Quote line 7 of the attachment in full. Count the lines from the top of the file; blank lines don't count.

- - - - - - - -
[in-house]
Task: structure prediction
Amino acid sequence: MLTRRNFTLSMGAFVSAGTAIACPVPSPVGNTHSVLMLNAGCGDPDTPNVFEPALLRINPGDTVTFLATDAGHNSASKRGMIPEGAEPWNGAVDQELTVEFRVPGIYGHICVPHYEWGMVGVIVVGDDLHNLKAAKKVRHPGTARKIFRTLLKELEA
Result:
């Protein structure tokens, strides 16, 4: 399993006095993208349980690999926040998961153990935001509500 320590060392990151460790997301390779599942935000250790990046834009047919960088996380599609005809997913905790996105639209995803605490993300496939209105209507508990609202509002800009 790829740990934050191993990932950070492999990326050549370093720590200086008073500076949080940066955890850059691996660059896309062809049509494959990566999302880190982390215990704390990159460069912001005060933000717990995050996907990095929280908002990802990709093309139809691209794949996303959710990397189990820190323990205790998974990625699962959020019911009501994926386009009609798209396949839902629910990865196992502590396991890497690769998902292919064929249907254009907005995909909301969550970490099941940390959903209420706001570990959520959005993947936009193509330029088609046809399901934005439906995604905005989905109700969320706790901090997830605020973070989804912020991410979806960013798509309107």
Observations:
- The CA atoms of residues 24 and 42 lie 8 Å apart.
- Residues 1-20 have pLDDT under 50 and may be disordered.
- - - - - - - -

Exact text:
- The CA atoms of residues 24 and 42 lie 8 Å apart.